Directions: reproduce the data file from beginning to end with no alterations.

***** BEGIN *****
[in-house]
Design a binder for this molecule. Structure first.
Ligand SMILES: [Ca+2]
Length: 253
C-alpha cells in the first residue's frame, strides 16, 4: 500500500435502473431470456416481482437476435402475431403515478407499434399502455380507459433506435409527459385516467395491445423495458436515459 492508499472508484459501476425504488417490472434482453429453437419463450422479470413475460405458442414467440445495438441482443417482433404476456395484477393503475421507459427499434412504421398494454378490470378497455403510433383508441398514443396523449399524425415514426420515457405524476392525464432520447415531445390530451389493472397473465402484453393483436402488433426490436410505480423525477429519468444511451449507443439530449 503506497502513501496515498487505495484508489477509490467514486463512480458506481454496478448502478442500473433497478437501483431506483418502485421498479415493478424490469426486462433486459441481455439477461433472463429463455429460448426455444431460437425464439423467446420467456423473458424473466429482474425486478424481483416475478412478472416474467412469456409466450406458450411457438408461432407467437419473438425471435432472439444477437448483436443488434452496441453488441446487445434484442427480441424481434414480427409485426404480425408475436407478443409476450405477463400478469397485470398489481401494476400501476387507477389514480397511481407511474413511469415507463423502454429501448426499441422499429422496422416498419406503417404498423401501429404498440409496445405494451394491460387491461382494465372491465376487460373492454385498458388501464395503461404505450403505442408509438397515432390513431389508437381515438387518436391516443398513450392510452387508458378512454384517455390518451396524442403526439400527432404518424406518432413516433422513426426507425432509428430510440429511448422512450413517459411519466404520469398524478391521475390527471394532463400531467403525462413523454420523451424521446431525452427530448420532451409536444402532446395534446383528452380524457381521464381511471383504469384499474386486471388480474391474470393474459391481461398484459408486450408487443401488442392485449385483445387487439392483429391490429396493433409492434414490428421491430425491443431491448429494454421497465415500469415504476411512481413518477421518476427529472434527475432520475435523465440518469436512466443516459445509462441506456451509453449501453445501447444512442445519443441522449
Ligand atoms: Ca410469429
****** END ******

[in-house]
Design a binder for this molecule. Structure first.
Ligand SMILES: [Ca+2]
Length: 253
C-alpha cells in the first residue's frame, strides 16, 4: 500500500435502473431470456416481482437476435402475431403515478407499434399502455380507459433506435409527459385516467395491445423495458436515459 492508499472508484459501476425504488417490472434482453429453437419463450422479470413475460405458442414467440445495438441482443417482433404476456395484477393503475421507459427499434412504421398494454378490470378497455403510433383508441398514443396523449399524425415514426420515457405524476392525464432520447415531445390530451389493472397473465402484453393483436402488433426490436410505480423525477429519468444511451449507443439530449 503506497502513501496515498487505495484508489477509490467514486463512480458506481454496478448502478442500473433497478437501483431506483418502485421498479415493478424490469426486462433486459441481455439477461433472463429463455429460448426455444431460437425464439423467446420467456423473458424473466429482474425486478424481483416475478412478472416474467412469456409466450406458450411457438408461432407467437419473438425471435432472439444477437448483436443488434452496441453488441446487445434484442427480441424481434414480427409485426404480425408475436407478443409476450405477463400478469397485470398489481401494476400501476387507477389514480397511481407511474413511469415507463423502454429501448426499441422499429422496422416498419406503417404498423401501429404498440409496445405494451394491460387491461382494465372491465376487460373492454385498458388501464395503461404505450403505442408509438397515432390513431389508437381515438387518436391516443398513450392510452387508458378512454384517455390518451396524442403526439400527432404518424406518432413516433422513426426507425432509428430510440429511448422512450413517459411519466404520469398524478391521475390527471394532463400531467403525462413523454420523451424521446431525452427530448420532451409536444402532446395534446383528452380524457381521464381511471383504469384499474386486471388480474391474470393474459391481461398484459408486450408487443401488442392485449385483445387487439392483429391490429396493433409492434414490428421491430425491443431491448429494454421497465415500469415504476411512481413518477421518476427529472434527475432520475435523465440518469436512466443516459445509462441506456451509453449501453445501447444512442445519443441522449
Ligand atoms: Ca410469429